The development group that plans to turn a set of empty fields known as Fehringer Ranch into 2 million square feet of office, retail and residential space told a group of angry homeowners last week that the debate about whether the land should be open space is in the past; the question now is the mix of uses it will support.
“What is there is undeveloped commercial land,” said Ray C. Pittman, a consultant working with Landmark Property Group to develop the 170 acres of land near D’Evelyn High School. The land sits in the western part of the triangle formed by the intersection of South Kipling Avenue, West Quincy Avenue and U.S. 285.
Landmark hasn’t officially closed the deal to buy the land from Denver Water, the current owner. Landmark wouldn’t disclose the precise figures, but the land deal alone is worth tens of millions of dollars.
Nearly 100 homeowners filled about half the cafeteria at D’Evelyn High last week to hear from Pittman and Gardiner Hammond, vice president of Landmark Property Group. The developer was required by the county to hold a public meeting prior to submitting an application to rezone the land.
Pittman said the developer plans a mix of retail, residential, office and open space to make a “more vibrant community that doesn’t feel like a vacant area part of the time.”
“Why is the assumption that we don’t want quiet anymore? That we don’t want open space anymore?” asked Joseph Youmans, a nearby homeowner.
Pittman told him the conversation about open space versus development was over, because the land today is zoned as commercial, and mixed use would be best for the community and the developer.
“Mixed use is not what we want,” one woman shouted from the audience. “It’s what you guys want.”
Fehringer Ranch is designated as an activity center, according to the South Jefferson County Community Plan. An activity center is designed to increase the non-residential portion of the county’s real estate tax base with a focus on higher-wage employment opportunities and to provide areas for support services and higher-density housing.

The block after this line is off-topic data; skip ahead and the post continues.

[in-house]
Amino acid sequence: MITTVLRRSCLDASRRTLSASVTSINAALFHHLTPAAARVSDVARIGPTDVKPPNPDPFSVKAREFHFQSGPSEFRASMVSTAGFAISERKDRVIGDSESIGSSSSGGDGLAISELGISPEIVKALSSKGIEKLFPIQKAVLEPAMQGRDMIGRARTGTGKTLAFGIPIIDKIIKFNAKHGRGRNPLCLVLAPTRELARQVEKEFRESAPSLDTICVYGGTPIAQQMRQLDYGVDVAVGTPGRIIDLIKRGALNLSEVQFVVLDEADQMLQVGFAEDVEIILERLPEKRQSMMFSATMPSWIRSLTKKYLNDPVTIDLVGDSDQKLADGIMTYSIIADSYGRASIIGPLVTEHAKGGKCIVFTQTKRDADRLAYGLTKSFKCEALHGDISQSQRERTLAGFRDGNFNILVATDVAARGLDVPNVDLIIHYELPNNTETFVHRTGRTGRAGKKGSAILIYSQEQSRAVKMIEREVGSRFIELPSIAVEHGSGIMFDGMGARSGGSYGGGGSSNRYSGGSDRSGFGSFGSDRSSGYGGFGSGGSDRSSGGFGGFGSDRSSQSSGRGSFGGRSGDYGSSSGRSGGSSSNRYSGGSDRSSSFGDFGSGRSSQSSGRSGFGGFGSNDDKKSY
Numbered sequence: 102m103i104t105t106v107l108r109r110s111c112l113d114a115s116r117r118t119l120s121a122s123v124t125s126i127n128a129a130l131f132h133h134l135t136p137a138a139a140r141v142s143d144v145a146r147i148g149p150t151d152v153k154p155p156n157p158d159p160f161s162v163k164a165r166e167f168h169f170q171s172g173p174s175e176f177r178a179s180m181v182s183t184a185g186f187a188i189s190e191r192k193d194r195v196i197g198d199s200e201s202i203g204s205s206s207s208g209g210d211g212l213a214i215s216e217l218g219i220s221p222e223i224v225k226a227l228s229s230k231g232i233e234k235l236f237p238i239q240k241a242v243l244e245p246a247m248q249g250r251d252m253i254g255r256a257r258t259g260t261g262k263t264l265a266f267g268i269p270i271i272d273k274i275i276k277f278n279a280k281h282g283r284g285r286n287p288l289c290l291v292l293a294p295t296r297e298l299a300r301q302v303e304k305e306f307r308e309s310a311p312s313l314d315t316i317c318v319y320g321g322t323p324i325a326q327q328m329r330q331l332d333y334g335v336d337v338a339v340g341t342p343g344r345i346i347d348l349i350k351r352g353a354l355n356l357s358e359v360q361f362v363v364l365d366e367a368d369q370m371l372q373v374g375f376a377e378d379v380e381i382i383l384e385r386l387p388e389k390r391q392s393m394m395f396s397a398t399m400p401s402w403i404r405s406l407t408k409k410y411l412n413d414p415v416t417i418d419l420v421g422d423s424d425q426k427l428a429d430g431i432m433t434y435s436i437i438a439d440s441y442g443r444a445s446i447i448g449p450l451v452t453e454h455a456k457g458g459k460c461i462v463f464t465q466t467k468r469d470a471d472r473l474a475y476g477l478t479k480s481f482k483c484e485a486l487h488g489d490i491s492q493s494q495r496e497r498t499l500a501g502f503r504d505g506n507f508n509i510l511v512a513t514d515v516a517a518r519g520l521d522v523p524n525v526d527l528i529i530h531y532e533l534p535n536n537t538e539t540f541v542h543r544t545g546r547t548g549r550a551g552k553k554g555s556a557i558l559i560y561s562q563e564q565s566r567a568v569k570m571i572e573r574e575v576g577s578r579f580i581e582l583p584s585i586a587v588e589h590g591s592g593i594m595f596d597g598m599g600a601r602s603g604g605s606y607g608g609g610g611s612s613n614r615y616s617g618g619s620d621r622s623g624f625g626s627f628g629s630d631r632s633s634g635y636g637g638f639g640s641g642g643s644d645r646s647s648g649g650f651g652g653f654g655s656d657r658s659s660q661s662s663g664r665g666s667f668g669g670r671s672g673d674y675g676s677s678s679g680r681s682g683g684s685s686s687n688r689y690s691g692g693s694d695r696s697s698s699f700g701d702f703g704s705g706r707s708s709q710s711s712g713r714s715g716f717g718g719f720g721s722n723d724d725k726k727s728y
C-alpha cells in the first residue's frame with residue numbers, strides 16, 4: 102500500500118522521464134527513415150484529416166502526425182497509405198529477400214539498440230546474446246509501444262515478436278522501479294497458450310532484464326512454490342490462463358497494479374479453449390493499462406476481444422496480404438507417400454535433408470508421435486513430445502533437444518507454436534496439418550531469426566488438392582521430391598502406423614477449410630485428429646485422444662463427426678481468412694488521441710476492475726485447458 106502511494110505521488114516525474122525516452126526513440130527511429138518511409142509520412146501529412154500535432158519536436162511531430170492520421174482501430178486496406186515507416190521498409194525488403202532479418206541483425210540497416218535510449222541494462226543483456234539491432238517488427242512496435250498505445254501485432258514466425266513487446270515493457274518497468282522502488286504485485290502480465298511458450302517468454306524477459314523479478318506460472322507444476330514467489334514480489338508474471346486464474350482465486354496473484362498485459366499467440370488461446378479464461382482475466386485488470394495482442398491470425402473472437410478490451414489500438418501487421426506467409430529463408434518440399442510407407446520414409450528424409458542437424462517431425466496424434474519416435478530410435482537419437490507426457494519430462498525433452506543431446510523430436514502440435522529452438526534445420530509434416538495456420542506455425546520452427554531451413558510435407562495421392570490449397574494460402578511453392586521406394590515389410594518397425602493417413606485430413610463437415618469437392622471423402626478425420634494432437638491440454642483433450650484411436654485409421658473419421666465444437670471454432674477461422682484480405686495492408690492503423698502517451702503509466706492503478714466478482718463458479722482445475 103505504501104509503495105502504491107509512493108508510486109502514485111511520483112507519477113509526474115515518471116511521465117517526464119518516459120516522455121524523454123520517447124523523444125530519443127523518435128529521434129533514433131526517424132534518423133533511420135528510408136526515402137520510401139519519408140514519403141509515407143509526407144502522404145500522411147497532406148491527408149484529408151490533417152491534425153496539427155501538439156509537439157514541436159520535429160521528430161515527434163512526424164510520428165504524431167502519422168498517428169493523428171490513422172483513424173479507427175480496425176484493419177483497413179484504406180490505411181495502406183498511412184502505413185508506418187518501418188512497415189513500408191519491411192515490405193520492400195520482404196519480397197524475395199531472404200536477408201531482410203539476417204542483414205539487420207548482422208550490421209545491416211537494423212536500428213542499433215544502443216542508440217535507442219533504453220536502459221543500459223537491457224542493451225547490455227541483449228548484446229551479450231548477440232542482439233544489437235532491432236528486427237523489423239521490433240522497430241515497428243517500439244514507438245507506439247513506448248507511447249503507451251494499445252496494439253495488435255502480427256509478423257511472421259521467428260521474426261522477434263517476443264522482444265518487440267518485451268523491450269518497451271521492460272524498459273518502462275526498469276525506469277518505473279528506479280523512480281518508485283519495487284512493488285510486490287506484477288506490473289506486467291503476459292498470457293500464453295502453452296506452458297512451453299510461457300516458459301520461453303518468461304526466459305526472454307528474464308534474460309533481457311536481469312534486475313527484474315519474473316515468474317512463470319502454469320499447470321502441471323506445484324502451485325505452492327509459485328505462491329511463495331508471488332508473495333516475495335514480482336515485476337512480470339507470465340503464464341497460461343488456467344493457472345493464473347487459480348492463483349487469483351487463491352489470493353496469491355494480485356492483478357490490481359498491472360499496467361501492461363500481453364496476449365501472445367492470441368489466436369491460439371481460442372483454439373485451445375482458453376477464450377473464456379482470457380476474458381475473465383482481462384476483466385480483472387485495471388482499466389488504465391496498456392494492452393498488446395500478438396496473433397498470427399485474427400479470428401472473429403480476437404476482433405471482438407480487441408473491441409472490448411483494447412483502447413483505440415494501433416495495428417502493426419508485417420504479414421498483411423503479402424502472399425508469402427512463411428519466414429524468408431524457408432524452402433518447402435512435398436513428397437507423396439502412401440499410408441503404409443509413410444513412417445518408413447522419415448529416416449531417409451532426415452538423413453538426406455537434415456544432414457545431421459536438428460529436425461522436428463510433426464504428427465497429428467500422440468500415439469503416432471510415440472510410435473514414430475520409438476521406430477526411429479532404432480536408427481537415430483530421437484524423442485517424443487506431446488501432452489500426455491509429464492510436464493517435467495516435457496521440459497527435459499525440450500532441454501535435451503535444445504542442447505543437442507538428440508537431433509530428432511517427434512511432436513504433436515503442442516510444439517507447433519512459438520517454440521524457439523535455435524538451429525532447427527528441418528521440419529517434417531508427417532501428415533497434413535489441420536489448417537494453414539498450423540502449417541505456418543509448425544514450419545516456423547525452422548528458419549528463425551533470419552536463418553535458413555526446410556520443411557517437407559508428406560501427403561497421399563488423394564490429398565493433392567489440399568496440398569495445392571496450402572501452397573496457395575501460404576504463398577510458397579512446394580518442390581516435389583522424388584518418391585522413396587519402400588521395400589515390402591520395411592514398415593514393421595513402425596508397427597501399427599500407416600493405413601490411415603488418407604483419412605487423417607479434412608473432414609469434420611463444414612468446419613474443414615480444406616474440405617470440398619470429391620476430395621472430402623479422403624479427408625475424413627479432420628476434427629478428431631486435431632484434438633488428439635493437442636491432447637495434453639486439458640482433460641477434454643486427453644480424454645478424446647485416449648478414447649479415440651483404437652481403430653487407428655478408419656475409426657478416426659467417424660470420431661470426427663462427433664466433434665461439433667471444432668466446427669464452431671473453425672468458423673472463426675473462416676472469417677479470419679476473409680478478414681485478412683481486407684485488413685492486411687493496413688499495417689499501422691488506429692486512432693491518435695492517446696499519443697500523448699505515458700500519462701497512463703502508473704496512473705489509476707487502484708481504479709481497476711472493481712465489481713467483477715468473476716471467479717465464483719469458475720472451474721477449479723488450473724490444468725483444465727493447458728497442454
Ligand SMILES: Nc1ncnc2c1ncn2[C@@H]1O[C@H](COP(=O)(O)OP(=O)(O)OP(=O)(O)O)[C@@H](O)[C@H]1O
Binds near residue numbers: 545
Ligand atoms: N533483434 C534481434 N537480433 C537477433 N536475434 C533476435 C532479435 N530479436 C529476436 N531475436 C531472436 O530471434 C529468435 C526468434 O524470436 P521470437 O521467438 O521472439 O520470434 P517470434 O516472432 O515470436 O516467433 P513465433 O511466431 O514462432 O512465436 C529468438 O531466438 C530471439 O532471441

Landmark wants to change that plan by asking for a rezoning of 31 acres of open space and a change from commercial land to single-family homes. A pre-application review conducted by the Jeffco Planning and Zoning Department in November 2007 did not support Landmark’s plan as submitted.
“Based on that very preliminary submittal, our response was, not only do we have concerns about the community plan, also the criteria for rezoning land that’s labeled as open space within a planned development,” said Nancy York, a planner with the county. “Approximately 31 acres of that is considered open space, so rezoning that to a different classification, they have to meet specific criteria, and staff didn’t feel they were meeting that.”
Landmark did modify its plan for the southwestern-most chunk of the land that sits between U.S. 285, West Quincy Avenue and Simms Street, York said. Landmark now has that land listed as office flexible/open space, and proposes to build sports fields on adjacent land and maintain them.
Hammond told the crowd that the development group has not made any formal applications, and none of the plans are “cast into concrete,” and that “we may well go back and look at things differently.” He guessed that the company is 90 to 120 days from submitting any formal applications. Pittman said construction could begin in two years.
The vast majority of the crowd was hostile to Landmark’s proposal, citing concerns about their property values, views of the mountains and downtown Denver, and about making the community busier.
Still, a few supported the project, including a man who approached Hammond after the meeting and said, “This project is a good thing. People just don’t understand.”